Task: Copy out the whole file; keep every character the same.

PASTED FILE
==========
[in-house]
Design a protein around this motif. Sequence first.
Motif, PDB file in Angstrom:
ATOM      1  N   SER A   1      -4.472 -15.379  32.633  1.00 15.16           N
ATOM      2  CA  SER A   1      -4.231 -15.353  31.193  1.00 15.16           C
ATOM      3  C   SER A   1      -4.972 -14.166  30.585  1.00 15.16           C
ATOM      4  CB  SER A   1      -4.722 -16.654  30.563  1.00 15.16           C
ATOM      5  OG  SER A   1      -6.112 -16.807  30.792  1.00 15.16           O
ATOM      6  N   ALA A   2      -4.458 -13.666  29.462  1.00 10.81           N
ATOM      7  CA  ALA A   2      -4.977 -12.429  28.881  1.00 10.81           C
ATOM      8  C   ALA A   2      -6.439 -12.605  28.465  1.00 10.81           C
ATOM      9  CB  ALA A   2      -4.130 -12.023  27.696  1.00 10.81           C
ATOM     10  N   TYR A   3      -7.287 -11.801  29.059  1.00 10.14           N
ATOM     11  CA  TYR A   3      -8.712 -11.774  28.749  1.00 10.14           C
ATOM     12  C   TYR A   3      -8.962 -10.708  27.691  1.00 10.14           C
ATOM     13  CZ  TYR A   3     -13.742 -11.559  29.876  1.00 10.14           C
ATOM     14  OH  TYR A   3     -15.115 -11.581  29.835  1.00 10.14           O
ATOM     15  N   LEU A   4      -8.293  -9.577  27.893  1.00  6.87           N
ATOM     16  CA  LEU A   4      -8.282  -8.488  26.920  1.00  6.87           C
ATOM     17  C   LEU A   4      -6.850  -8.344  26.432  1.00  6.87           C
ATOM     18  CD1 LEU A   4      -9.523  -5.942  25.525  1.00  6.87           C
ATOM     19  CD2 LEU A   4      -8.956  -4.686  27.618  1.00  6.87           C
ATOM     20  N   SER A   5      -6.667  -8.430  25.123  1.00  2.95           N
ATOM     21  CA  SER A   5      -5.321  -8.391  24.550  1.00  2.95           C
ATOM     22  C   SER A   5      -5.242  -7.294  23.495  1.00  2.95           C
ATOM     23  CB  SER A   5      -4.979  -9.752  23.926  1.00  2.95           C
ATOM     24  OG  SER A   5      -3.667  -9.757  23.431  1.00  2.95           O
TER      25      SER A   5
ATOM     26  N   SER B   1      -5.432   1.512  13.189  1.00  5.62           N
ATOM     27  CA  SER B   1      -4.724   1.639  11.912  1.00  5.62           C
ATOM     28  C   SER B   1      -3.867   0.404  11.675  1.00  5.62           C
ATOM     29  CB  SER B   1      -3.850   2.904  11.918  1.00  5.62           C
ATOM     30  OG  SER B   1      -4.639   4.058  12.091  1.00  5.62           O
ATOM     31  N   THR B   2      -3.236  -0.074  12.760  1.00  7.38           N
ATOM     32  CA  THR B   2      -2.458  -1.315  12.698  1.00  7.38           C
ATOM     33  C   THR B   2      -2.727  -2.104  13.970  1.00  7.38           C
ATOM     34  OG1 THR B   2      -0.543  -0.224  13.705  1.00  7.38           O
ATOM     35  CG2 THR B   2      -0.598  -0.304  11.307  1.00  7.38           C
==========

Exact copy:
[in-house]
Design a protein around this motif. Sequence first.
Motif, PDB file in Angstrom:
ATOM      1  N   SER A   1      -4.472 -15.379  32.633  1.00 15.16           N
ATOM      2  CA  SER A   1      -4.231 -15.353  31.193  1.00 15.16           C
ATOM      3  C   SER A   1      -4.972 -14.166  30.585  1.00 15.16           C
ATOM      4  CB  SER A   1      -4.722 -16.654  30.563  1.00 15.16           C
ATOM      5  OG  SER A   1      -6.112 -16.807  30.792  1.00 15.16           O
ATOM      6  N   ALA A   2      -4.458 -13.666  29.462  1.00 10.81           N
ATOM      7  CA  ALA A   2      -4.977 -12.429  28.881  1.00 10.81           C
ATOM      8  C   ALA A   2      -6.439 -12.605  28.465  1.00 10.81           C
ATOM      9  CB  ALA A   2      -4.130 -12.023  27.696  1.00 10.81           C
ATOM     10  N   TYR A   3      -7.287 -11.801  29.059  1.00 10.14           N
ATOM     11  CA  TYR A   3      -8.712 -11.774  28.749  1.00 10.14           C
ATOM     12  C   TYR A   3      -8.962 -10.708  27.691  1.00 10.14           C
ATOM     13  CZ  TYR A   3     -13.742 -11.559  29.876  1.00 10.14           C
ATOM     14  OH  TYR A   3     -15.115 -11.581  29.835  1.00 10.14           O
ATOM     15  N   LEU A   4      -8.293  -9.577  27.893  1.00  6.87           N
ATOM     16  CA  LEU A   4      -8.282  -8.488  26.920  1.00  6.87           C
ATOM     17  C   LEU A   4      -6.850  -8.344  26.432  1.00  6.87           C
ATOM     18  CD1 LEU A   4      -9.523  -5.942  25.525  1.00  6.87           C
ATOM     19  CD2 LEU A   4      -8.956  -4.686  27.618  1.00  6.87           C
ATOM     20  N   SER A   5      -6.667  -8.430  25.123  1.00  2.95           N
ATOM     21  CA  SER A   5      -5.321  -8.391  24.550  1.00  2.95           C
ATOM     22  C   SER A   5      -5.242  -7.294  23.495  1.00  2.95           C
ATOM     23  CB  SER A   5      -4.979  -9.752  23.926  1.00  2.95           C
ATOM     24  OG  SER A   5      -3.667  -9.757  23.431  1.00  2.95           O
TER      25      SER A   5
ATOM     26  N   SER B   1      -5.432   1.512  13.189  1.00  5.62           N
ATOM     27  CA  SER B   1      -4.724   1.639  11.912  1.00  5.62           C
ATOM     28  C   SER B   1      -3.867   0.404  11.675  1.00  5.62           C
ATOM     29  CB  SER B   1      -3.850   2.904  11.918  1.00  5.62           C
ATOM     30  OG  SER B   1      -4.639   4.058  12.091  1.00  5.62           O
ATOM     31  N   THR B   2      -3.236  -0.074  12.760  1.00  7.38           N
ATOM     32  CA  THR B   2      -2.458  -1.315  12.698  1.00  7.38           C
ATOM     33  C   THR B   2      -2.727  -2.104  13.970  1.00  7.38           C
ATOM     34  OG1 THR B   2      -0.543  -0.224  13.705  1.00  7.38           O
ATOM     35  CG2 THR B   2      -0.598  -0.304  11.307  1.00  7.38           C